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Behaviour And Talking To Parents


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Hi

 

I work at a pre-school with the older children, the other day a child in my room had been continually saying no when asked to do somwething and generally disruptive and encouraging the other children to be the same. The problem is that the girls mum also works at the pre-school but in the younger room. I had a word with her after the session and she put in a complaint about me to the Leader. Was I wrong? I let the behaviour go on for ages trying praise, etc it was a last ditch attempt.

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Hi Julia

 

If you are the room leader I can not see a problem with having a quiet word with the mum. Maybe she is a little embarassed by the behaviour. It can be hard sometimes keeping personal and professional separate.

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No julia you weren't wrong, but sometimes because people work with children its very hard to admit that your child is not the best and has behaviour problems the same as all children have from time to time. If the child belonged to another adult would you have had a word with them about her behaviour, if the answers yes then you didn't do wrong. The only things you maybe should have done was talk it through with you Leader that you were going to do it and have had her back up. also for the future sometime get some one elses opinion when you are dealling with staff children just so its not you against them so to speak. Maybe next time ask someone else to deal with the child's behaviour so again you are not on your own.

Saying that its not bad practise to get someone else to deal with disruptive behaviour so that you all have a go at dealing with it. sometimes children will respond to one adult differently than another adult. and the behaviour could stop especially if as adults your all on the same page. it also shows the child that all adults are consistant in their response.

 

What did your Leader do after the complaint. I hope she looked at the child's behaviour and back you up.

Was the mother annoyed because you had spoken to her or because of the behaviour?

2 different problems

Good luck

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Well, the leader was rushing out and just said she had a phone call from the mum about it and said she will talk to me on Wednesday. Which is not very nice leaving me to guess. The reason for me not talking to her first is that she never listens and she will never approach a parent always passing it on to one of us, so I decided not to bother her. Thinking about it I should have let her know first. Thank you all for the support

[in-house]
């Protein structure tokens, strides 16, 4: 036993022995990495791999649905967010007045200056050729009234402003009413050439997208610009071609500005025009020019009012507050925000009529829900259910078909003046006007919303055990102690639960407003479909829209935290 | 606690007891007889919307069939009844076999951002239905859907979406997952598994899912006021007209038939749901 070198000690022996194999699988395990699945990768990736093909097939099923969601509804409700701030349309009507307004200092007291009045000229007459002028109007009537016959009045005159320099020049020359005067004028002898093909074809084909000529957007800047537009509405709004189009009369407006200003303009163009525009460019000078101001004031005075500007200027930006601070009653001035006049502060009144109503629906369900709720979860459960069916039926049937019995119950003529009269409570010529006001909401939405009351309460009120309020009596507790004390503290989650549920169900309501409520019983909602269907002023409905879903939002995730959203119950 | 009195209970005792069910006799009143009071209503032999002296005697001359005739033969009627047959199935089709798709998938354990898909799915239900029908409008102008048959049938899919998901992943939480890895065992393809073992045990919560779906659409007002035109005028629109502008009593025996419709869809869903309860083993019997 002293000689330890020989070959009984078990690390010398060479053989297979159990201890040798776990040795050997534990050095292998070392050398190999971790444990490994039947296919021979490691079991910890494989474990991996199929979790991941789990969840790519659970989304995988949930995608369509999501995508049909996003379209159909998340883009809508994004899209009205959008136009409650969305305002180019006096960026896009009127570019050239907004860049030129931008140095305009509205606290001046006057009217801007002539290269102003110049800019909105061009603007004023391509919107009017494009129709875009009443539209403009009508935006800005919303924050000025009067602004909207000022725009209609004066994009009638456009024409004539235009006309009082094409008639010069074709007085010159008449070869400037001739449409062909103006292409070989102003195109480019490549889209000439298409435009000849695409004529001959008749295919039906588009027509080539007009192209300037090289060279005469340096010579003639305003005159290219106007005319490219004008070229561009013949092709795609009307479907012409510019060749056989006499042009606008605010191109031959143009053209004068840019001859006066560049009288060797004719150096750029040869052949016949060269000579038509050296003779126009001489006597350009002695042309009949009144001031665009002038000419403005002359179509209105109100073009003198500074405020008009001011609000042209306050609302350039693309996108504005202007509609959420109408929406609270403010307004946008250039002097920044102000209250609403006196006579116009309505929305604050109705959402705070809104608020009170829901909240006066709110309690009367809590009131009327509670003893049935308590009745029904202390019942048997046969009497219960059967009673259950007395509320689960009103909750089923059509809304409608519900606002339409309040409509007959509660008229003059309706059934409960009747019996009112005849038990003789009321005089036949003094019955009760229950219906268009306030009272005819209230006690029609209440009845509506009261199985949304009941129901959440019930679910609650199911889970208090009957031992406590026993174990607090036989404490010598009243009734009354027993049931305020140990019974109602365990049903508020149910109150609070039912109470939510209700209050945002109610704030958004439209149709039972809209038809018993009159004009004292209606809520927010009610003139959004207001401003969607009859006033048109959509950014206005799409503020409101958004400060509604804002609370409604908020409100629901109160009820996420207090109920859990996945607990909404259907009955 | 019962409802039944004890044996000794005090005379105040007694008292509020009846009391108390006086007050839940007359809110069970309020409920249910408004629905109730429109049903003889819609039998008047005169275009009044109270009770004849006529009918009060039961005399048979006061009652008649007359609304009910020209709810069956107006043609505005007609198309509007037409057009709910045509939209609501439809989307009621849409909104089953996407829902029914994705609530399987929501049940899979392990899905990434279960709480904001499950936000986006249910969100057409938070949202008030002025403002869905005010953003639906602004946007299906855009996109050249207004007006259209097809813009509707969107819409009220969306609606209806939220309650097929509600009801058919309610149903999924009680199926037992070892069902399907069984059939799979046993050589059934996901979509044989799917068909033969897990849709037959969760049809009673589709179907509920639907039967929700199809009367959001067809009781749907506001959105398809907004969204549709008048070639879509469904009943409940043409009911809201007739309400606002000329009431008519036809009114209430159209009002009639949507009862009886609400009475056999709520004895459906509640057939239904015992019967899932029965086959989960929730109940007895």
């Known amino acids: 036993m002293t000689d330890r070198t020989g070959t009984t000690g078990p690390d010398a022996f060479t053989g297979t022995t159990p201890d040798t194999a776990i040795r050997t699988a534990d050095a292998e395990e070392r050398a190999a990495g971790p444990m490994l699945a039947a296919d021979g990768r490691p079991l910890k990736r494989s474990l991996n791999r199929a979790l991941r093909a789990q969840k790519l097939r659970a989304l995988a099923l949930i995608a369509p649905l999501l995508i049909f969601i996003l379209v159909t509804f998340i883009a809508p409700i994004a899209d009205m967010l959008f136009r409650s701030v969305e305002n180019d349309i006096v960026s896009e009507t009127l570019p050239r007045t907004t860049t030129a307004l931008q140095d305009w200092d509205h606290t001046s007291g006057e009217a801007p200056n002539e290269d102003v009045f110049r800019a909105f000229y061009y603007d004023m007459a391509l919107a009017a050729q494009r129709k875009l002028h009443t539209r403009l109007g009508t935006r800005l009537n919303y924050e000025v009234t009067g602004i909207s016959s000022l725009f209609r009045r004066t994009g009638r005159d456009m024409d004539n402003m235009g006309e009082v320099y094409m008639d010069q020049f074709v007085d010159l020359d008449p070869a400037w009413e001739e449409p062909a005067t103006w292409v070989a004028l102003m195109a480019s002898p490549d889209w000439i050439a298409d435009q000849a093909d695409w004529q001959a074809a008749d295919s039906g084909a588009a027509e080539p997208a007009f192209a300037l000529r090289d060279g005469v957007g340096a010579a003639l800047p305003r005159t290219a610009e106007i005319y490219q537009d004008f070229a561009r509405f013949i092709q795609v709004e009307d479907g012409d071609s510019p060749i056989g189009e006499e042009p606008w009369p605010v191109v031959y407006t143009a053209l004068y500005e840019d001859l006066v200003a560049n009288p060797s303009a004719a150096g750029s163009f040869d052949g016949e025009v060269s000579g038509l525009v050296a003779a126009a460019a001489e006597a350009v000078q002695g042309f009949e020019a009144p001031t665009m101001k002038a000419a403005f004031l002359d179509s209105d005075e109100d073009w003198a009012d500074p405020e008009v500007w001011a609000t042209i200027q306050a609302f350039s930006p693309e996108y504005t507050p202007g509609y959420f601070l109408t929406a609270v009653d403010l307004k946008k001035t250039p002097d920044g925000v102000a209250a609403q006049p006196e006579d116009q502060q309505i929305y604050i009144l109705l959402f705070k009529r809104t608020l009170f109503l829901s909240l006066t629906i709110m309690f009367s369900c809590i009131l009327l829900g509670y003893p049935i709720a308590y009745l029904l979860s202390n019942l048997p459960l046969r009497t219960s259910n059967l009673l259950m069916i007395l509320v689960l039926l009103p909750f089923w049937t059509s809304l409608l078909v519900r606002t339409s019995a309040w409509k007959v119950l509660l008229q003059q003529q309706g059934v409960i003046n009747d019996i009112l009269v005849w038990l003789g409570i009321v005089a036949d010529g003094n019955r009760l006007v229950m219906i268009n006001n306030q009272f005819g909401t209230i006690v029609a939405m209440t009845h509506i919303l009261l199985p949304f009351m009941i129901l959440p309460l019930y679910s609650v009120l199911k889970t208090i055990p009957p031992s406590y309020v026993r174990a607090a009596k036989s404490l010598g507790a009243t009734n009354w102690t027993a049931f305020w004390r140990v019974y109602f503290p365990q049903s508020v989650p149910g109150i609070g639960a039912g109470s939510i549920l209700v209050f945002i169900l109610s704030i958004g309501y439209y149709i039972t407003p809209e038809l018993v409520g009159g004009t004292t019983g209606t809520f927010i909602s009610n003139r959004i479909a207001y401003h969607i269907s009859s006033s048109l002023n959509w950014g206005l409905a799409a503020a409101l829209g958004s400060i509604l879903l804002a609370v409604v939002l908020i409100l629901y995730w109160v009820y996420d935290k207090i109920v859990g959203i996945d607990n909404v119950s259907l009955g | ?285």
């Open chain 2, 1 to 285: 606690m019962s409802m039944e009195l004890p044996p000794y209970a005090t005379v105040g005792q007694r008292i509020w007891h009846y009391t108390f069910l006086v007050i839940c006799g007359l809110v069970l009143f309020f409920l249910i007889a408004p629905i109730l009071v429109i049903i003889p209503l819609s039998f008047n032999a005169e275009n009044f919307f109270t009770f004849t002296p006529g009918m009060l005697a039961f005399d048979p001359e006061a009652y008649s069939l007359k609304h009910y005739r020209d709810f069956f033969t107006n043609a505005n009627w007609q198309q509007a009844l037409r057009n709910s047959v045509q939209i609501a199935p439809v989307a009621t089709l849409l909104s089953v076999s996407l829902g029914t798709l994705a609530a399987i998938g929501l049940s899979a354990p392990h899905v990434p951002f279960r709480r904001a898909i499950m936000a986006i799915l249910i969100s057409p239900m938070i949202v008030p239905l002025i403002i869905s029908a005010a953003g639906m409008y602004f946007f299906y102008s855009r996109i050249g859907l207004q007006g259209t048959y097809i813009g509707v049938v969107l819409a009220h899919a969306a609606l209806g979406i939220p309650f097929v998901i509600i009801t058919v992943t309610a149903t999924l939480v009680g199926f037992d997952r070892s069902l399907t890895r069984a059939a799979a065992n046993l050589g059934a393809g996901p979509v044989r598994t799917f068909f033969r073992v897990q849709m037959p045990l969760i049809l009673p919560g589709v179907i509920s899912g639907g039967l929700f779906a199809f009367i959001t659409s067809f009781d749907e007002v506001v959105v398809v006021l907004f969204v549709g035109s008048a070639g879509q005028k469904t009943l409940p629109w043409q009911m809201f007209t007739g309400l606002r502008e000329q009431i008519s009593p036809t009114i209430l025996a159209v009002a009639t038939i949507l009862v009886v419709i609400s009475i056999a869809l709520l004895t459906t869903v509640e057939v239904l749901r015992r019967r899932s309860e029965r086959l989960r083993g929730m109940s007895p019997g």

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also say not wrong if you would have approached any other parent about the issues, i would also suggest you have observations and documented evidence that you have tried to manage the behaviour and what you have done to do this. Many parents would want to know if their child is disruptive and we often discuss this with the parent to give a consolidated way forward at the setting and at home if needed . But as a childcare worker she may not want to admit her child is having problems.

Better to say now than to be accused later of ignoring or not noticing a problem.

 

Perhaps a word with line manager first may have been useful, but when dealing with something it is not always the first thought , I often think of the child first and lines of management second!

 

Good luck

 

Inge

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I certainly don't think you did anything wrong. If your manager doesn't deal with this effectively, then I'd ask for a meeting between you, the mum concerned, and the manager, and take some notes in, explaining the child's behaviour, what you've done about it, and ask for their advice and help in turning this behaviour around. If Mum thinks you want her help, rather than wanting to just complain (she's clearly a bit sensitive :o ) then you might just bring her on board. This all lies with your manager and how capable she is in dealing with delicate situations. Let us know what happens. xD

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Hi - one of my colleagues is also a mum to a child who attends. Once my colleague started we had a frank discussion about staff involvement with behaviour etc and she agreed that all staff would deal with her child as though she was not there in line with how all other children were treated - we agreed we would explain to her any incidents away from the child so she was kept up to date. You were correct to tell mum and it is best practice to do so, as I am sure you speak to parents who do not work at your setting to keep them informed of their child's behaviour.

 

I am sure all will go well tomorrow - expect your colleague will realise you were correct in speaking to her, and your manager should be there supporting you -good luck !!

 

Dot :o

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Thanks for the replies I will find out more tomorrow and let you all know. I just feel angry that the person in question had to go to the Leader instead of talking to me as I thought we were friends.

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